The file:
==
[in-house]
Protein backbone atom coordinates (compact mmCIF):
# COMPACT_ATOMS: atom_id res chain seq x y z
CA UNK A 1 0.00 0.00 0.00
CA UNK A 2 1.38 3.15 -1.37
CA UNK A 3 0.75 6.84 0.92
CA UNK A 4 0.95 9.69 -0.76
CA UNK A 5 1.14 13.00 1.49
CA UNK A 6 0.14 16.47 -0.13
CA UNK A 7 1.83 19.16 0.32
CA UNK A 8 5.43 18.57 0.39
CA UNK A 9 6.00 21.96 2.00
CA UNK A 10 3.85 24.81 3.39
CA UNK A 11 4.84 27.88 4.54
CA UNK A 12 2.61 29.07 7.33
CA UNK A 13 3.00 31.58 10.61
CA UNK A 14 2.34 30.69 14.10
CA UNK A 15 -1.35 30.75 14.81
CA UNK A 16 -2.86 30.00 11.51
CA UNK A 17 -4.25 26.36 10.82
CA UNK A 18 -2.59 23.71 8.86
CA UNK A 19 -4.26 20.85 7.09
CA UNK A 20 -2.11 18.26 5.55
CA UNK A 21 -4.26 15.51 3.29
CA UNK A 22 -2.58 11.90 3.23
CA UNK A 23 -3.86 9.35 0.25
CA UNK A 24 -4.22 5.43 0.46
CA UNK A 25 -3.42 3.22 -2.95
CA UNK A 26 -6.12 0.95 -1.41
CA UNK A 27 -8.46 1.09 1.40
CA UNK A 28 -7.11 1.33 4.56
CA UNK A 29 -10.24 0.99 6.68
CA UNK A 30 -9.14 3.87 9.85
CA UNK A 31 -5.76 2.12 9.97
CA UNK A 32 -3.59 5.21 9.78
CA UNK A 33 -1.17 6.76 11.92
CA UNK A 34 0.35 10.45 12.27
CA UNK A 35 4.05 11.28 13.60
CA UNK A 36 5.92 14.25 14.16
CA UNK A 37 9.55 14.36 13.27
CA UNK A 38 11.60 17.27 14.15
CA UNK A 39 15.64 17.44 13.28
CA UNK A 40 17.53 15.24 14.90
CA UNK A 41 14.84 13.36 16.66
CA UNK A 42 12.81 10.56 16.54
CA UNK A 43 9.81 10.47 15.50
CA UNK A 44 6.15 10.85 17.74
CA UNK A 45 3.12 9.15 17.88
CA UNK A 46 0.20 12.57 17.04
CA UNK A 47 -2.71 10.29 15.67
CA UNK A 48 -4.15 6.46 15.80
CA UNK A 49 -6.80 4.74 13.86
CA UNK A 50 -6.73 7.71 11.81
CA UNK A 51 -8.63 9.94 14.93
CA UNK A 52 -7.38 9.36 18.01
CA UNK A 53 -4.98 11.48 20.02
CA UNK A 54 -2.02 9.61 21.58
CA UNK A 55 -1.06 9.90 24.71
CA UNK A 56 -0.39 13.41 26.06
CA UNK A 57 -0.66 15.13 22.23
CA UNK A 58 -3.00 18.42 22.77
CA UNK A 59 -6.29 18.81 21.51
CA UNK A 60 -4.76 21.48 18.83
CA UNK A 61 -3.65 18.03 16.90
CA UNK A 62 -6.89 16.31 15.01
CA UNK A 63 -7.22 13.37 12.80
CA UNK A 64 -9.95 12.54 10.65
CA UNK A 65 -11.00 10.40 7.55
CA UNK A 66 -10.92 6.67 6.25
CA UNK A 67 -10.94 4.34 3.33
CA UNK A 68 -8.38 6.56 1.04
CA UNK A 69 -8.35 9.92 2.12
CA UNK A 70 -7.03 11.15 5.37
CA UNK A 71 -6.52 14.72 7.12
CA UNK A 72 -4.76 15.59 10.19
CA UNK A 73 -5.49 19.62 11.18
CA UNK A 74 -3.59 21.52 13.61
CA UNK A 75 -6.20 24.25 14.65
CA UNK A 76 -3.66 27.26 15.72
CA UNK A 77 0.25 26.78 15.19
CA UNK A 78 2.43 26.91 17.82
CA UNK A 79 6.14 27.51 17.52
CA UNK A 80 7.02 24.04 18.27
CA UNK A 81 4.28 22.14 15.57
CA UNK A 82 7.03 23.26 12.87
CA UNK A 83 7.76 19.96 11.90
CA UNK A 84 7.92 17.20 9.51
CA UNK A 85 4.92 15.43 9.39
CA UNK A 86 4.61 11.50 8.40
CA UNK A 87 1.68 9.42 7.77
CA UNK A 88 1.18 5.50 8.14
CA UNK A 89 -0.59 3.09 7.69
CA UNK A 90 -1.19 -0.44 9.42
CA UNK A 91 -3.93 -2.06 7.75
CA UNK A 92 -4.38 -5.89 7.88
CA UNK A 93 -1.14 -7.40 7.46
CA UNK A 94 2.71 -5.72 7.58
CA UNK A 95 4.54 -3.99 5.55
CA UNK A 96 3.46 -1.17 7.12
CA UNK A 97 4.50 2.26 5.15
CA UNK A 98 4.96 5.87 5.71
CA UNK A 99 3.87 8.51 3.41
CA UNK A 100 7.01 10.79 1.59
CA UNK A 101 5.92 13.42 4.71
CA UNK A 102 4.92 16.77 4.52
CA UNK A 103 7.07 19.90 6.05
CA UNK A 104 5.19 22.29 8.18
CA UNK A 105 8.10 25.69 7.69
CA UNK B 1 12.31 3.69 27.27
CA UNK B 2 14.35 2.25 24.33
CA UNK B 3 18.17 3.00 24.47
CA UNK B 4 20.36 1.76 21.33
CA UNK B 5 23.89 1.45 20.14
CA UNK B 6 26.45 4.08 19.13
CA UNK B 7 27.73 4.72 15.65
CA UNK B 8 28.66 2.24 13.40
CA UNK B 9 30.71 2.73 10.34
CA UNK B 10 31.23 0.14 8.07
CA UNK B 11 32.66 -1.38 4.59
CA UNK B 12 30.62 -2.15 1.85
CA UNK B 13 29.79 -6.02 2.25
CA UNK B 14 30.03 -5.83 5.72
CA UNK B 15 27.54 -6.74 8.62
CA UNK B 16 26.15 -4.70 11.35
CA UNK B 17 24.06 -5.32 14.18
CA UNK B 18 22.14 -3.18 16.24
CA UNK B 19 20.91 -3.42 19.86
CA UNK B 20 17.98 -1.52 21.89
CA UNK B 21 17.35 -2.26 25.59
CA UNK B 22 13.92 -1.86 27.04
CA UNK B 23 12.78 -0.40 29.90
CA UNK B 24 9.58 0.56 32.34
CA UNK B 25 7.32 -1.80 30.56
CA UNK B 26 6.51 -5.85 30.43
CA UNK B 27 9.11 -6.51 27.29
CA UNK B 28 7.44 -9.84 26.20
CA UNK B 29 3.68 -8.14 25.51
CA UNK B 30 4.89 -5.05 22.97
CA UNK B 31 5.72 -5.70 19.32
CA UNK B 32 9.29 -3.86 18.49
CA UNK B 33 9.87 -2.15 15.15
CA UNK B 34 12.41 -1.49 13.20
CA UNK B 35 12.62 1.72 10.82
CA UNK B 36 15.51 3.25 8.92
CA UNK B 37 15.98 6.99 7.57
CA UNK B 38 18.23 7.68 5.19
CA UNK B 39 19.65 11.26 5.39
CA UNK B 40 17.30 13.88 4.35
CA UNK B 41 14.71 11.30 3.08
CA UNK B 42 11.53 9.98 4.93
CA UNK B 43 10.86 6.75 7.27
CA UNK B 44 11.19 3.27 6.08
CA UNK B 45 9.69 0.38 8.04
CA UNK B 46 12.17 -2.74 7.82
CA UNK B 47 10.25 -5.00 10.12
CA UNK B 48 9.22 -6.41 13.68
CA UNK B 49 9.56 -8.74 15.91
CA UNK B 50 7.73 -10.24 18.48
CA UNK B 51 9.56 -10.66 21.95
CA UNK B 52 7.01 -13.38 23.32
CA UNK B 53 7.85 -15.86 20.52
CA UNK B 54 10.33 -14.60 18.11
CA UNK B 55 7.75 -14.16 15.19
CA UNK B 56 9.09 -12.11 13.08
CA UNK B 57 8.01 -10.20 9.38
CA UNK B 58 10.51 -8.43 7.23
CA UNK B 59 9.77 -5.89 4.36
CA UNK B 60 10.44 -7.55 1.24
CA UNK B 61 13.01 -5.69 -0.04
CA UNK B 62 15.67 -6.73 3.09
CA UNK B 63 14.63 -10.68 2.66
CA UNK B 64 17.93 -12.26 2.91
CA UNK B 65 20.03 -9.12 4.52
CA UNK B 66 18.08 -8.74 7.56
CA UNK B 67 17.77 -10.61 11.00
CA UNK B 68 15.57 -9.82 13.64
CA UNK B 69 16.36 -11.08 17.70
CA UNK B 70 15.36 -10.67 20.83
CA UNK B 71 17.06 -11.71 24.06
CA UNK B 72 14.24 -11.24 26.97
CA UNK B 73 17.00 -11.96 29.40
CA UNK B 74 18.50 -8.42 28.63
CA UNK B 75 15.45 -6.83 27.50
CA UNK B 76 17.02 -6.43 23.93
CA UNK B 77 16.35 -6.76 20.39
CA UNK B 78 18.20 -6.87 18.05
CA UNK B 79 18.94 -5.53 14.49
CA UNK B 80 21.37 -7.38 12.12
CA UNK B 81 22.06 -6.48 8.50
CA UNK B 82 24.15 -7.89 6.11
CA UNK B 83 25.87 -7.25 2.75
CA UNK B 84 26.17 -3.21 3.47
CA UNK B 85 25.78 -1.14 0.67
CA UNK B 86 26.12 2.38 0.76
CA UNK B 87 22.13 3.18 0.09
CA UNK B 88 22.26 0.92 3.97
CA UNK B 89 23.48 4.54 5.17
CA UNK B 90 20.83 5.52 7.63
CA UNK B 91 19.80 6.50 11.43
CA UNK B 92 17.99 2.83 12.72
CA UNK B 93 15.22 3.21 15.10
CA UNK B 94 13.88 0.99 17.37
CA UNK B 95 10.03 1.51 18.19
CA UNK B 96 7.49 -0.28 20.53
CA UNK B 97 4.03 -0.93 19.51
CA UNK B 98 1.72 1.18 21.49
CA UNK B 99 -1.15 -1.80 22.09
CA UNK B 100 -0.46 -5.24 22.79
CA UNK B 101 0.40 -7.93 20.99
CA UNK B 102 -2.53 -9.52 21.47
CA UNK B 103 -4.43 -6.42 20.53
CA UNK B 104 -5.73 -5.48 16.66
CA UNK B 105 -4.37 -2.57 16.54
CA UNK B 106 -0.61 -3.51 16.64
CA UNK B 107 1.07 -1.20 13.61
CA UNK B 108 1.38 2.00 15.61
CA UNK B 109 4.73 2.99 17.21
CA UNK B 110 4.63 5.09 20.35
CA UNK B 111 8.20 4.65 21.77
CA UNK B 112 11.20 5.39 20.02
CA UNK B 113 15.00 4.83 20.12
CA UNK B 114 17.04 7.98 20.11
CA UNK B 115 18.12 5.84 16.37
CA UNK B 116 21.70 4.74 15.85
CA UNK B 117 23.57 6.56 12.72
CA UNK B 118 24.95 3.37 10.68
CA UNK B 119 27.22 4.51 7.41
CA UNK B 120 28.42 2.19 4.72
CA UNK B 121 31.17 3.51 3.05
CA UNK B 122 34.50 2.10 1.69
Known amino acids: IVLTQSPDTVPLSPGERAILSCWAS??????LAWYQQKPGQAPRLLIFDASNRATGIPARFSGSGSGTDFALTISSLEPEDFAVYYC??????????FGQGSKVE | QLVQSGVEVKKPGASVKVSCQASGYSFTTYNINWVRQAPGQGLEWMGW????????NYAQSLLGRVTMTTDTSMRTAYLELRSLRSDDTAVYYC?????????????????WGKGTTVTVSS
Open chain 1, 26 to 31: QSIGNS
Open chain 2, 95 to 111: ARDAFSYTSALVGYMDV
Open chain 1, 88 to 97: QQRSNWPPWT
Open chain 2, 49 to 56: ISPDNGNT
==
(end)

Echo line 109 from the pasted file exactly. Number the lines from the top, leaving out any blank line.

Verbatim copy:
CA UNK B 1 12.31 3.69 27.27